The first time we visited Saint-Tropez it was May, before the summer season began. The legendary town and the notorious beaches were quiet. While we enjoyed our time there, we wished we could experience the Saint-Tropez that we had heard about, the wild and crazy Saint-Tropez of the rich and famous.
Just 62 miles west of Nice, Saint-Tropez was a military stronghold and fishing village until the beginning of the 20th century. After World War II, the town became an internationally known seaside resort full of artists, musicians and actors, like Brigitte Bardot, whose presence helped turn the small enclave into a chic resort for the European and American jet set.
This year, we decided to time our stop in Saint-Tropez so we were there "In Season" and we arrived in early July. As we were steering Berkeley East towards the harbor, it felt as if we were in the middle of the Atlantic, the seas rough and confused. But visually, it was nothing like the open ocean as we were dodging boats, large and small, from every direction, all of them flying through the water at breakneck speed as if they were being chased; it was chaos.
The marina was full, so we anchored BE in the bay with 500 other boats, from 20-foot ski boats to 300-foot mega yachts, plus two cruise ships at the entrance. It was also the watersports bay, so jet skies, tubers and kite surfers were everywhere. The waves in the anchorage were bigger than they were outside. We decided to deal with it for a couple of days so we could get out to the beach and see the town again, since we were finally in Saint-Tropez "In Season."
We did the beach first, a long stretch of sand where exclusive restaurants / beach clubs sit aside public sections of sand. It is an eclectic mix of families and the beautiful people, ice cream and champagne, sand castles and fashion shows.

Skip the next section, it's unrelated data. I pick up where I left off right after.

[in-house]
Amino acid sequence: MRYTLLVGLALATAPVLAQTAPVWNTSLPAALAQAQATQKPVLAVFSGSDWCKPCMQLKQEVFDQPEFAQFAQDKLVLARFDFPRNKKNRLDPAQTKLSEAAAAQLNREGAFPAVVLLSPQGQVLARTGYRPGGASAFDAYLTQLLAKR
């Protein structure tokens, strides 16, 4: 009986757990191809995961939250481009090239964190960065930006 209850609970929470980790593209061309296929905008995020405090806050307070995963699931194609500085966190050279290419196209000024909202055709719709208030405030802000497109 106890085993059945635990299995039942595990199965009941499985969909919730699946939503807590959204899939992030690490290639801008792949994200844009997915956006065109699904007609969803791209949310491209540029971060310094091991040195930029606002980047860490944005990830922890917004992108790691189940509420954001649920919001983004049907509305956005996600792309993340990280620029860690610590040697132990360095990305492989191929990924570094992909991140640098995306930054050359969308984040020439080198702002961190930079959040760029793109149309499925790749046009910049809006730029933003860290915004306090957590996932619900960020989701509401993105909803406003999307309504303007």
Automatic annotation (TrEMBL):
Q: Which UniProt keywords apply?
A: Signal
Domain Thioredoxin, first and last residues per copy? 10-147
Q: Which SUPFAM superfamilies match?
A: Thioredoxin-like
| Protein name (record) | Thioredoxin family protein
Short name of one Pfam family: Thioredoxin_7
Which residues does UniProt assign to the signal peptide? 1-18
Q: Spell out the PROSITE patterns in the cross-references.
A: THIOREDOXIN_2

We had rose, and french fries with truffles and Parmesan, spent far too much money and loved experiencing this infamous party scene in its prime.
A trip into town was next, and as expected, it was hopping. The dock was full of super yachts, the marina packed with smaller boats. The ferries came and went every 10 minutes depositing hundreds of tourists in the streets. The cruise ship shore boats did the same. While we preferred the quiet town that we had seen previously, this Saint-Tropez had an entertaining vibe, at least for a day.
But a day would become a week when our dinghy outboard went kaput. It turned out it was the propeller and while Saint-Tropez is full of boats, finding parts for a 12-year-old Yamaha two-stroke that isn't manufactured anymore is challenging. It took several days but we finally were able to secure a new propeller just up the river. Who knew there was a river in Saint-Tropez?
When we were finally ready to leave this exhilarating area, we positioned BE in an outside anchorage where it would be easier to depart in the dark for the 15-hour crossing to Corsica. Like the rest of Saint-Tropez, the anchorage was crowded with boats of all sizes. As we were settling in for the night, we saw a boat motoring full speed towards another boat at anchor. Then we heard the all-too familiar sound of fiberglass hitting fiberglass; welcome to Saint-Tropez "In Season."